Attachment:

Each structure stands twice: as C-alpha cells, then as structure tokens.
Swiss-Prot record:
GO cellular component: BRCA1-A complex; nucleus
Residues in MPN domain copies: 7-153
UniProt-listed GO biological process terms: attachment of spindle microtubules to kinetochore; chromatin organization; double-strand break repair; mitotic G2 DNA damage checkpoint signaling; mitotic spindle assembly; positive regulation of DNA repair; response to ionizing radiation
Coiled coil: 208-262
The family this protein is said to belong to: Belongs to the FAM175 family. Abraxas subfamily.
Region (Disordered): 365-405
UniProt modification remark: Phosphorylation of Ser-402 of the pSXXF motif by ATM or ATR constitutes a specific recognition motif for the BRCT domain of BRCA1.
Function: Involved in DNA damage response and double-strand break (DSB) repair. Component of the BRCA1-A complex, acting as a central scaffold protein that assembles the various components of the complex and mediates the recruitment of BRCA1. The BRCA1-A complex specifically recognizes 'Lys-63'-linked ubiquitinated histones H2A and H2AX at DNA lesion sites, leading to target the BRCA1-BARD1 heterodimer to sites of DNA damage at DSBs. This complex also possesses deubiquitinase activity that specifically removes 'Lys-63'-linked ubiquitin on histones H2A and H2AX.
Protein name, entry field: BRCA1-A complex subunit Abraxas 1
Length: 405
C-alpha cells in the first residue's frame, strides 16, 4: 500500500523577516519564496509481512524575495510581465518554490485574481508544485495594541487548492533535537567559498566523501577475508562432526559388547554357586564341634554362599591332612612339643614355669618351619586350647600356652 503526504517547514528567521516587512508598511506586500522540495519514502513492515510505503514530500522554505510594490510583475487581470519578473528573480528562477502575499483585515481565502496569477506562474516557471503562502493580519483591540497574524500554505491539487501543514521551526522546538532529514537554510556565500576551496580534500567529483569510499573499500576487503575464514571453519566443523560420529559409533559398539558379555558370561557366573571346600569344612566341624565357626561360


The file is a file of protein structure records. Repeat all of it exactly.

Each structure stands twice: as C-alpha cells, then as structure tokens.
Swiss-Prot record:
GO cellular component: BRCA1-A complex; nucleus
Residues in MPN domain copies: 7-153
UniProt-listed GO biological process terms: attachment of spindle microtubules to kinetochore; chromatin organization; double-strand break repair; mitotic G2 DNA damage checkpoint signaling; mitotic spindle assembly; positive regulation of DNA repair; response to ionizing radiation
Coiled coil: 208-262
The family this protein is said to belong to: Belongs to the FAM175 family. Abraxas subfamily.
Region (Disordered): 365-405
UniProt modification remark: Phosphorylation of Ser-402 of the pSXXF motif by ATM or ATR constitutes a specific recognition motif for the BRCT domain of BRCA1.
Function: Involved in DNA damage response and double-strand break (DSB) repair. Component of the BRCA1-A complex, acting as a central scaffold protein that assembles the various components of the complex and mediates the recruitment of BRCA1. The BRCA1-A complex specifically recognizes 'Lys-63'-linked ubiquitinated histones H2A and H2AX at DNA lesion sites, leading to target the BRCA1-BARD1 heterodimer to sites of DNA damage at DSBs. This complex also possesses deubiquitinase activity that specifically removes 'Lys-63'-linked ubiquitin on histones H2A and H2AX.
Protein name, entry field: BRCA1-A complex subunit Abraxas 1
Length: 405
C-alpha cells in the first residue's frame, strides 16, 4: 500500500523577516519564496509481512524575495510581465518554490485574481508544485495594541487548492533535537567559498566523501577475508562432526559388547554357586564341634554362599591332612612339643614355669618351619586350647600356652 503526504517547514528567521516587512508598511506586500522540495519514502513492515510505503514530500522554505510594490510583475487581470519578473528573480528562477502575499483585515481565502496569477506562474516557471503562502493580519483591540497574524500554505491539487501543514521551526522546538532529514537554510556565500576551496580534500567529483569510499573499500576487503575464514571453519566443523560420529559409533559398539558379555558370561557366573571346600569344612566341624565357626561360